Living with Gaucher disease: Suyog



Suyog’s family felt hopeless when they learned he had Gaucher disease, a rare disease that was virtually unknown in India in 1999. By this point, his liver and spleen had swollen considerably, and he had difficulty breathing. When they learned treatments existed, his parents wrote to Genzyme to see if there was any way assistance could be provided to their son. They were delighted to hear back with the news that their son would be receiving treatment free of charge.

Boy siting in a garden Boy siting in a garden
Sanofi Genzyme’s India Charitable Access Program (INCAP) has provided treatment at no cost to Suyog and other patients who are not covered by insurance and lack the financial resources to obtain treatment. Formally established in 2007, INCAP now treats more than 100 patients, and has made strides in improving awareness, diagnostics, and management of patients suffering from LSDs in India.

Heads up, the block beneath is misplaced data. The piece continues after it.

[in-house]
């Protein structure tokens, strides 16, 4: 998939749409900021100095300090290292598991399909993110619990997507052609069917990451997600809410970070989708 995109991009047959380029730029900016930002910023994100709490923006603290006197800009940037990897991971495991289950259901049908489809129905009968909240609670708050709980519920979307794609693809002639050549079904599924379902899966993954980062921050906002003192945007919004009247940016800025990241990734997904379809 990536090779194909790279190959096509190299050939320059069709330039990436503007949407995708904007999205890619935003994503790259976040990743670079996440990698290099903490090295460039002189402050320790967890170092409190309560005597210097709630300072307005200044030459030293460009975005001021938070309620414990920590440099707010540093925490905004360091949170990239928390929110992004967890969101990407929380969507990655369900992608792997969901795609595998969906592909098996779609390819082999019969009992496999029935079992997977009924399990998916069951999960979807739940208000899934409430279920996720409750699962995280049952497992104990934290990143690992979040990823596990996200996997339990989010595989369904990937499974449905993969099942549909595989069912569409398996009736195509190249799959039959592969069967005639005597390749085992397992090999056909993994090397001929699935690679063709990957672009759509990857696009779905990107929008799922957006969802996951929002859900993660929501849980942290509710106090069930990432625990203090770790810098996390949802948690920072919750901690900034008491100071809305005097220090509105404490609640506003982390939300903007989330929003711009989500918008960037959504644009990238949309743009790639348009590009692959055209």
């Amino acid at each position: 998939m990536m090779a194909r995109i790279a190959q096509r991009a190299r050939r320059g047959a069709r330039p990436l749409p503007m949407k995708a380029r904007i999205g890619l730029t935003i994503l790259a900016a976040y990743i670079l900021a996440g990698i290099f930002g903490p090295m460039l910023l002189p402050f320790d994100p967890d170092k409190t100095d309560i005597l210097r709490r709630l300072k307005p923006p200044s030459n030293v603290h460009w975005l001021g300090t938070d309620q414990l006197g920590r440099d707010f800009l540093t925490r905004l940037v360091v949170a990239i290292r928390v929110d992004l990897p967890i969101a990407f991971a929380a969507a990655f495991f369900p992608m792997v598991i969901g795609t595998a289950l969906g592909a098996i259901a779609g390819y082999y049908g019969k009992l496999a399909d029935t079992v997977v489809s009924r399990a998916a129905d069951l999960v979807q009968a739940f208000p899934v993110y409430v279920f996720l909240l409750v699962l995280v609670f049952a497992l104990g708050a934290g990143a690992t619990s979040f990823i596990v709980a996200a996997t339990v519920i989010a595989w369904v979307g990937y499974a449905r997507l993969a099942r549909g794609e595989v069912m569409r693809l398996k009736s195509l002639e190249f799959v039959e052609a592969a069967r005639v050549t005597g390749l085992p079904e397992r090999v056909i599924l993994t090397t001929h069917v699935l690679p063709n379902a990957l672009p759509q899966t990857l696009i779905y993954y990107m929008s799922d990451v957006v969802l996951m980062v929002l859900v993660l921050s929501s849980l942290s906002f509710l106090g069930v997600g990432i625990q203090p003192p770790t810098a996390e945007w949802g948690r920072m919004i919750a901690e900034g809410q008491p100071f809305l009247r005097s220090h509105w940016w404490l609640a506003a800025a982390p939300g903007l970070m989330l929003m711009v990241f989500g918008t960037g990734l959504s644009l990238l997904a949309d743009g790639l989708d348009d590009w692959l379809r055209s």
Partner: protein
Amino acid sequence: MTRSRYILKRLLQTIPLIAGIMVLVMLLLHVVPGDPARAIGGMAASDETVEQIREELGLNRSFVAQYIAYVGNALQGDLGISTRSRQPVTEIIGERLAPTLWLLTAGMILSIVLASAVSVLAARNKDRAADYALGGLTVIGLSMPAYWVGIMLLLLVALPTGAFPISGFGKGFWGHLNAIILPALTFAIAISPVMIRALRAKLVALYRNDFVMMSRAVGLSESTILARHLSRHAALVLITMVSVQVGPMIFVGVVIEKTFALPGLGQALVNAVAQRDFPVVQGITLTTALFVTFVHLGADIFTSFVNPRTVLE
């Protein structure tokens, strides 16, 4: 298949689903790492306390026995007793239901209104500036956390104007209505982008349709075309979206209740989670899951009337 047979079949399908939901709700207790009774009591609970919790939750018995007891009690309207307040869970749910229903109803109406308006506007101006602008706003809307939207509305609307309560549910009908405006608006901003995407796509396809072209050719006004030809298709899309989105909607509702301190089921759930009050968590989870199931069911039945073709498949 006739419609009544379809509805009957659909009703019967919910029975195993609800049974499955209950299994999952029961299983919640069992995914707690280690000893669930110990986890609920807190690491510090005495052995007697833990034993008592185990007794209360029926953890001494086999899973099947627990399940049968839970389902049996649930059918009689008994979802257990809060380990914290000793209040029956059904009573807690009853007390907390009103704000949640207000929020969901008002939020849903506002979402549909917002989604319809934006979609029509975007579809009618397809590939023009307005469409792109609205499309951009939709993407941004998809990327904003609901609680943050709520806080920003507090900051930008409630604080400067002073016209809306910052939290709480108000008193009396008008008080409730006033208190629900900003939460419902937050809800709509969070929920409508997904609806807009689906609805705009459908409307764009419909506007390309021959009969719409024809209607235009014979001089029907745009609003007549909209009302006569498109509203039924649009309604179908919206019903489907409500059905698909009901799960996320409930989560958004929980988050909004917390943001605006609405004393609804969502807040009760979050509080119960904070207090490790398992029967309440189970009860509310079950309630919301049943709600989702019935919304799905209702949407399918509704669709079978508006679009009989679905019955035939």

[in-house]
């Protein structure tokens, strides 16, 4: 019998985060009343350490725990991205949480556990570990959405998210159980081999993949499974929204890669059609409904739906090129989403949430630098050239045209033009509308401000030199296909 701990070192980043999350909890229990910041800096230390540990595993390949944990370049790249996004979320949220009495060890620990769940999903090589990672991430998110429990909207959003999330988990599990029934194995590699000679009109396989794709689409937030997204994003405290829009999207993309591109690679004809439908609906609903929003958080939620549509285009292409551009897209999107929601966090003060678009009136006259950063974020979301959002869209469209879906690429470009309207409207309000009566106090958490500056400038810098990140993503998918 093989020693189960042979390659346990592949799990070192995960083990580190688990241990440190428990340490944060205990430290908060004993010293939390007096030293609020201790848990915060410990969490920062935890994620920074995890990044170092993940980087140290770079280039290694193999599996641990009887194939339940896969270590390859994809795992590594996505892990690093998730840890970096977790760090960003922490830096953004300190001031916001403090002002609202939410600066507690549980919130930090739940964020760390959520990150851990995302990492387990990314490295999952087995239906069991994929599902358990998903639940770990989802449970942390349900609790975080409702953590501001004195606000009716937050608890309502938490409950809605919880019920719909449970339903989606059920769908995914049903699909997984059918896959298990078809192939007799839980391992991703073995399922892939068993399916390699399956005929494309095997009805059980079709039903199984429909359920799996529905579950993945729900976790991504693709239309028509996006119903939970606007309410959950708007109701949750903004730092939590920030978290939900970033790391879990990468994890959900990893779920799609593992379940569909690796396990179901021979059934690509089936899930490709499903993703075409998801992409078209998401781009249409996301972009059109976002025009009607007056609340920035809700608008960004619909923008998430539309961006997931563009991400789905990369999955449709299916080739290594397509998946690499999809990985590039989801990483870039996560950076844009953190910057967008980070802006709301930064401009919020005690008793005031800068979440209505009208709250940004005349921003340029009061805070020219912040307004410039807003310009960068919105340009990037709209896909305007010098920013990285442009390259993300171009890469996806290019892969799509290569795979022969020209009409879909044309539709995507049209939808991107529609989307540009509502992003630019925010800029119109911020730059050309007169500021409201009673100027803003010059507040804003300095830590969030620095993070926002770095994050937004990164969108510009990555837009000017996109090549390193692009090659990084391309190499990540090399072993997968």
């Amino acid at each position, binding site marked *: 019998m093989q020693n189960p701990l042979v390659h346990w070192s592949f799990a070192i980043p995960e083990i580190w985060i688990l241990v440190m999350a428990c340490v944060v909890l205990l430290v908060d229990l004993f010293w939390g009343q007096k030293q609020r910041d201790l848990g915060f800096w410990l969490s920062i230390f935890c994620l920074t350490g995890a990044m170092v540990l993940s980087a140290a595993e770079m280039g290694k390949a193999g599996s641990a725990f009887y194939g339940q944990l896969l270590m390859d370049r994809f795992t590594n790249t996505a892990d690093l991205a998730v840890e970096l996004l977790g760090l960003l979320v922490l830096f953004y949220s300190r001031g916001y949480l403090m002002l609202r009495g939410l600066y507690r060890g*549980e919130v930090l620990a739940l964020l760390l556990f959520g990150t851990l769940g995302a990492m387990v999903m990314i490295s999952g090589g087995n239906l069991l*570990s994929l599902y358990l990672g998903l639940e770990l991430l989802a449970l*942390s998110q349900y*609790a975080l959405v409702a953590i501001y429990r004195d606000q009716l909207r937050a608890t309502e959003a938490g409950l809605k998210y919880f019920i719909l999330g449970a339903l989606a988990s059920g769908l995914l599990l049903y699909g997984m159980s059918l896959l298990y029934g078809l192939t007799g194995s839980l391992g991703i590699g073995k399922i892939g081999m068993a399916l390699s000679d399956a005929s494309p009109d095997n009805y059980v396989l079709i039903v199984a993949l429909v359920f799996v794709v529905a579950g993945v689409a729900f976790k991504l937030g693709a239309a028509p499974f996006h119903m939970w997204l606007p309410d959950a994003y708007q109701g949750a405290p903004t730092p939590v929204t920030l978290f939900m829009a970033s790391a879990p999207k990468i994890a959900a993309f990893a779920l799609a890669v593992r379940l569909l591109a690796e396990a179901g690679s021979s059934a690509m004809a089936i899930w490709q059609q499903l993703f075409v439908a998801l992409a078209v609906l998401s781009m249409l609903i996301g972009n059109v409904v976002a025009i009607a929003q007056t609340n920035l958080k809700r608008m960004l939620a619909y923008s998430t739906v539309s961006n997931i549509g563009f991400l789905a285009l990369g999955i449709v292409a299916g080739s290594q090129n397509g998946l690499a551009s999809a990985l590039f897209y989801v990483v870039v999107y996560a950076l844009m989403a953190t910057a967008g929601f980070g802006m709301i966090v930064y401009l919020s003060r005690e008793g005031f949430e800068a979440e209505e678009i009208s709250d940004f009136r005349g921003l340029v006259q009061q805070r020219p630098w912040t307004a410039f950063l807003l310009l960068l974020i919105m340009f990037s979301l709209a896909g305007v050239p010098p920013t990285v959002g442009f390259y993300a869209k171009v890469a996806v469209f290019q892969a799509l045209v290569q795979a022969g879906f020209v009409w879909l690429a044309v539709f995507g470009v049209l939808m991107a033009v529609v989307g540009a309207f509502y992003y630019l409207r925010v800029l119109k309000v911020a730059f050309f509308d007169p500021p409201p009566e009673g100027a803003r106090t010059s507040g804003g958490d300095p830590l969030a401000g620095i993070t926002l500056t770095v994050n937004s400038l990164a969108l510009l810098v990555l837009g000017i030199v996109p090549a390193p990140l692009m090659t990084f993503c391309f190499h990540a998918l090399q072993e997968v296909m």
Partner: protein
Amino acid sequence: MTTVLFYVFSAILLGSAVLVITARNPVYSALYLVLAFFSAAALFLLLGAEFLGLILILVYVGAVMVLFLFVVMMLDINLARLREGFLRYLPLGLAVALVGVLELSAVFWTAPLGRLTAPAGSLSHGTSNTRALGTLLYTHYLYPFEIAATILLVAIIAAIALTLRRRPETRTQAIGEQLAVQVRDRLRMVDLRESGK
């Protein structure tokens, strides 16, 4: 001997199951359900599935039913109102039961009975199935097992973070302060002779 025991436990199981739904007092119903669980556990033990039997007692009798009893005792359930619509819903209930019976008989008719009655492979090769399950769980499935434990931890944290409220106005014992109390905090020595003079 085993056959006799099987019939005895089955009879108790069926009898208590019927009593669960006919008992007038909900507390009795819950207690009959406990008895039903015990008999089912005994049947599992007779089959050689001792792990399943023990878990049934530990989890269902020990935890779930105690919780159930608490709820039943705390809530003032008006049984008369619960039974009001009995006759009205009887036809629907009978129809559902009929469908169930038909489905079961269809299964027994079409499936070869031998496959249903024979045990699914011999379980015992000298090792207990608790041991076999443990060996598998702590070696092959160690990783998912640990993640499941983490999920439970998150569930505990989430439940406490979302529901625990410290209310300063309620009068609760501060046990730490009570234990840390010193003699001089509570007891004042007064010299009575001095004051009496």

Today, the humanitarian programs in Egypt, China and India make up almost half of our humanitarian efforts around the world. We’ve established country specific programs in these markets managed by a team of local medical experts that work to ensure the programs meet the unique needs of the patients we serve.

Over the last two decades, our humanitarian programs have evolved and expanded to now support five different lysosomal storage disorder communities around the world.

“These are only the stories of a few patients,” said Cristiana Salgado-Braga, Sanofi Genzyme’s Global Head of Rare Hematology. “However, they exemplify the spirit and determination of hundreds of Gaucher disease patients around the world who have received therapy through our Humanitarian program over the past 26 years.”